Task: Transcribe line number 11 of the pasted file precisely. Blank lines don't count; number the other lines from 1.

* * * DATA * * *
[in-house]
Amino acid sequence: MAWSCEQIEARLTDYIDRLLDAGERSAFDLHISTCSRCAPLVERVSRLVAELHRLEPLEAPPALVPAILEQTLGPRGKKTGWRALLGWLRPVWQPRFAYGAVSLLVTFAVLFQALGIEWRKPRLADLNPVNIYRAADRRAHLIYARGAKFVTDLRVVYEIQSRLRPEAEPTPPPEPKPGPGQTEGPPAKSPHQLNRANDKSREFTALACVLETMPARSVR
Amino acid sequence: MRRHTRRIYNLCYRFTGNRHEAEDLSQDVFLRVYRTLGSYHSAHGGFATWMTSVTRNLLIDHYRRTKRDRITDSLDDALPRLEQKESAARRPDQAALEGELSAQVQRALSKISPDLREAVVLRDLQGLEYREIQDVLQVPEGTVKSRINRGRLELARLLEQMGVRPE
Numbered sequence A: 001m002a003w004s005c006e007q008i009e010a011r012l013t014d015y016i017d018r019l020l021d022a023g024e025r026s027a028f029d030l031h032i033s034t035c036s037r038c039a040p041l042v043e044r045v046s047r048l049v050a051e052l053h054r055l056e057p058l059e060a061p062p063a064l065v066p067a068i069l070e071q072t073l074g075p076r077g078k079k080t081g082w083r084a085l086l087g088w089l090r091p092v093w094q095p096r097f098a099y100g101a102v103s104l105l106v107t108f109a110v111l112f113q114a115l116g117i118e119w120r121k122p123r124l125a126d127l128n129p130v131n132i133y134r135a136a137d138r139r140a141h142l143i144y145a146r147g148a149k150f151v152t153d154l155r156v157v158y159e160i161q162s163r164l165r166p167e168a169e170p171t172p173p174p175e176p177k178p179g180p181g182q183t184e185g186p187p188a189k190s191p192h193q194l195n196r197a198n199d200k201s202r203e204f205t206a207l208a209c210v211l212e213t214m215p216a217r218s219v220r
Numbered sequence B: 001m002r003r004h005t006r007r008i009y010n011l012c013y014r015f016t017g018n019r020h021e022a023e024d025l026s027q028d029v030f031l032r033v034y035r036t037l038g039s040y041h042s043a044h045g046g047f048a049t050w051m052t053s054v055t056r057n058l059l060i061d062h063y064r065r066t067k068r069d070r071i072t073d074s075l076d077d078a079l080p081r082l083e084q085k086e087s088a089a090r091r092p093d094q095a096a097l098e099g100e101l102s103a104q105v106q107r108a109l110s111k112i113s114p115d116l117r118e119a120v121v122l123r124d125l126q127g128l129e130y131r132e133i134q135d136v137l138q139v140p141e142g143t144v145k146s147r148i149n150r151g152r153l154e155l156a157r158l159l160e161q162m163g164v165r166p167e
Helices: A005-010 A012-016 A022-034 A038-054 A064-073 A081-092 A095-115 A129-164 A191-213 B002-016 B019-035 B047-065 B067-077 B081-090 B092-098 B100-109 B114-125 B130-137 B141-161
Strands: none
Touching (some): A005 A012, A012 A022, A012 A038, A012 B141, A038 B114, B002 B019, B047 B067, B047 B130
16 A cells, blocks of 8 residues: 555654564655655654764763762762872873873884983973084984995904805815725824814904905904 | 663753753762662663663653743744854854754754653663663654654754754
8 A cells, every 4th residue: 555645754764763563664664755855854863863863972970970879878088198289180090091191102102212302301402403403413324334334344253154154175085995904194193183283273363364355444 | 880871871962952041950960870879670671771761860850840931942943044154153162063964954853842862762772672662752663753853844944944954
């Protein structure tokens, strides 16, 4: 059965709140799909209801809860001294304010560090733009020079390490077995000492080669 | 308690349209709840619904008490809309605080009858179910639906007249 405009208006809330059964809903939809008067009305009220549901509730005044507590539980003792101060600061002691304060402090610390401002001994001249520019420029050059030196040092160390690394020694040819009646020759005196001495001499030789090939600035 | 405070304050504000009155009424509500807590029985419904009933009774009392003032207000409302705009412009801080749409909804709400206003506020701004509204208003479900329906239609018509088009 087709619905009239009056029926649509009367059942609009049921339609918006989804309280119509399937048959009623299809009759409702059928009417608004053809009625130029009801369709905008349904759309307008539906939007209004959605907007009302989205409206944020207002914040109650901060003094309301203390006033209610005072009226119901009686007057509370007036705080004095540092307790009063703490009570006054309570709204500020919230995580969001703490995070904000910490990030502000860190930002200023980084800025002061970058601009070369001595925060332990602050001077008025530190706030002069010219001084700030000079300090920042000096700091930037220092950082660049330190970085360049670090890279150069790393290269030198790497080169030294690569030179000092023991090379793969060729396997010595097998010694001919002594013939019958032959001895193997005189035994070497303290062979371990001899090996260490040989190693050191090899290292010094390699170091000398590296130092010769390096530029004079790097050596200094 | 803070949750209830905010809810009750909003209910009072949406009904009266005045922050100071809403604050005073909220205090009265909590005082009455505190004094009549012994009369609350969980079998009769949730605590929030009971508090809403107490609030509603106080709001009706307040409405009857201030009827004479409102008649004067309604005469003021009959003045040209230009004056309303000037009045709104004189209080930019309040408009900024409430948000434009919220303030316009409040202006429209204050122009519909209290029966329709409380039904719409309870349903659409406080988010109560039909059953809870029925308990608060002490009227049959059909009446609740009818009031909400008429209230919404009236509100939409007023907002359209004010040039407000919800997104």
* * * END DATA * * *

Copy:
């Protein structure tokens, strides 16, 4: 059965709140799909209801809860001294304010560090733009020079390490077995000492080669 | 308690349209709840619904008490809309605080009858179910639906007249 405009208006809330059964809903939809008067009305009220549901509730005044507590539980003792101060600061002691304060402090610390401002001994001249520019420029050059030196040092160390690394020694040819009646020759005196001495001499030789090939600035 | 405070304050504000009155009424509500807590029985419904009933009774009392003032207000409302705009412009801080749409909804709400206003506020701004509204208003479900329906239609018509088009 087709619905009239009056029926649509009367059942609009049921339609918006989804309280119509399937048959009623299809009759409702059928009417608004053809009625130029009801369709905008349904759309307008539906939007209004959605907007009302989205409206944020207002914040109650901060003094309301203390006033209610005072009226119901009686007057509370007036705080004095540092307790009063703490009570006054309570709204500020919230995580969001703490995070904000910490990030502000860190930002200023980084800025002061970058601009070369001595925060332990602050001077008025530190706030002069010219001084700030000079300090920042000096700091930037220092950082660049330190970085360049670090890279150069790393290269030198790497080169030294690569030179000092023991090379793969060729396997010595097998010694001919002594013939019958032959001895193997005189035994070497303290062979371990001899090996260490040989190693050191090899290292010094390699170091000398590296130092010769390096530029004079790097050596200094 | 803070949750209830905010809810009750909003209910009072949406009904009266005045922050100071809403604050005073909220205090009265909590005082009455505190004094009549012994009369609350969980079998009769949730605590929030009971508090809403107490609030509603106080709001009706307040409405009857201030009827004479409102008649004067309604005469003021009959003045040209230009004056309303000037009045709104004189209080930019309040408009900024409430948000434009919220303030316009409040202006429209204050122009519909209290029966329709409380039904719409309870349903659409406080988010109560039909059953809870029925308990608060002490009227049959059909009446609740009818009031909400008429209230919404009236509100939409007023907002359209004010040039407000919800997104």